"Why should we accept that the “talent” of someone who writes jingles for an advertising agency advertising dog food and gets $100,000 a year is superior to the talent of an auto mechanic who makes $40,000 a year? Who is to say that Bill Gates works harder than the dishwasher in the restaurant he frequents, or that the CEO of a hospital who makes $400,000 a year works harder than the nurse or the orderly in that hospital who makes $30,000 a year? The president of Boston University makes $300,000 a year. Does he work harder than the man who cleans the offices of the university? Talent and hard work are qualitative factors which cannot be measured quantitatively."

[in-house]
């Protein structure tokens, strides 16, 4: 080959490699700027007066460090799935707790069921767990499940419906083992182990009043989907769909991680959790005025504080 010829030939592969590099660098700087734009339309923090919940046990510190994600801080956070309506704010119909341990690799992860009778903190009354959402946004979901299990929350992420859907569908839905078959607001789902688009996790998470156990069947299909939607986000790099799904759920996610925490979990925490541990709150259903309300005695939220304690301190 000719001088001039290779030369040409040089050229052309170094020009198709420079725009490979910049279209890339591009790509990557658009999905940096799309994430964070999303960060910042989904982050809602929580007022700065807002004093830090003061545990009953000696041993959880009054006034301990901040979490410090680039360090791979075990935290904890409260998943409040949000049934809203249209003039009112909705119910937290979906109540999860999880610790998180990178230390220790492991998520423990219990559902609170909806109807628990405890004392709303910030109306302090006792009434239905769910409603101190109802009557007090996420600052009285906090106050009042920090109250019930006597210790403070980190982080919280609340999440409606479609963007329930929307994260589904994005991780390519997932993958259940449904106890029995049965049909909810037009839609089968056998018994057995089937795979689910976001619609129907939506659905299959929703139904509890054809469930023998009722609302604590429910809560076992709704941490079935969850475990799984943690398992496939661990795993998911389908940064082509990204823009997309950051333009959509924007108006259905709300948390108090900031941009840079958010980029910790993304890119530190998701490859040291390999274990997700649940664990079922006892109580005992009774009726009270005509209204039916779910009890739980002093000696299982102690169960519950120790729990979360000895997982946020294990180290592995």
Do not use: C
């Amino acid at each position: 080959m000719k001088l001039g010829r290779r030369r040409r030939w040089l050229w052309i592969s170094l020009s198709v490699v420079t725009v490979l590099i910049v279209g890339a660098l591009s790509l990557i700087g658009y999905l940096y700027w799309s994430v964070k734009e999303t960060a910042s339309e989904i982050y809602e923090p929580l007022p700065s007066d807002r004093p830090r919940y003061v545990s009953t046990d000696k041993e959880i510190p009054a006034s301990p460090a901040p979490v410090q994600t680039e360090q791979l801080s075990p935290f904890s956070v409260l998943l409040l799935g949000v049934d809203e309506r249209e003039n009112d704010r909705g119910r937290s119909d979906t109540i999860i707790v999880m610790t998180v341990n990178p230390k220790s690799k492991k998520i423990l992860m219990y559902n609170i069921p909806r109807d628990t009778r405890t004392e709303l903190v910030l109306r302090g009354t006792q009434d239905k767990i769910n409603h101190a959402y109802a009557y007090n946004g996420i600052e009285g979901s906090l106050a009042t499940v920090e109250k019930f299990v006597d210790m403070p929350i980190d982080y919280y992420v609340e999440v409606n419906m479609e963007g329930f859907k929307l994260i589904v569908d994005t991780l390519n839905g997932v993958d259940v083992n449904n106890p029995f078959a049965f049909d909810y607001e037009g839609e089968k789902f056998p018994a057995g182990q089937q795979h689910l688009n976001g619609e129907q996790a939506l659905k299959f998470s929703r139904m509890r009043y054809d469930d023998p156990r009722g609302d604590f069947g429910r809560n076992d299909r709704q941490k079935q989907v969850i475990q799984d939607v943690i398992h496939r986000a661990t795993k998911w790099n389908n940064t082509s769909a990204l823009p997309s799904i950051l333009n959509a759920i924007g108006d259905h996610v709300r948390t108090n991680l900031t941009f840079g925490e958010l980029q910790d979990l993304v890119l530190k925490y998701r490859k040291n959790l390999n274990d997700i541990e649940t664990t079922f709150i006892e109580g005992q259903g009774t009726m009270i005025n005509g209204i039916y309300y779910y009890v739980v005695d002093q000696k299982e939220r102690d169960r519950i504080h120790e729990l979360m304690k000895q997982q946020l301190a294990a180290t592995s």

This is another thought I always have when people say, “Rich people earned their money and they deserve to keep it!!!” What about people who worked just as hard, just as many hours, and didn’t make much money?
The average CEO pay in America is 380 times the average pay of their employees. Most economists believe that for an economy to be healthy and wealth income disparity to be low, the highest-paying person at an organization should only make 10-15 times more than the lowest-paid employee. (In 1980, CEO pay was only - *only* - 42 times more than average pay.) I refuse to believe that any CEO is working 380 times harder than their secretary.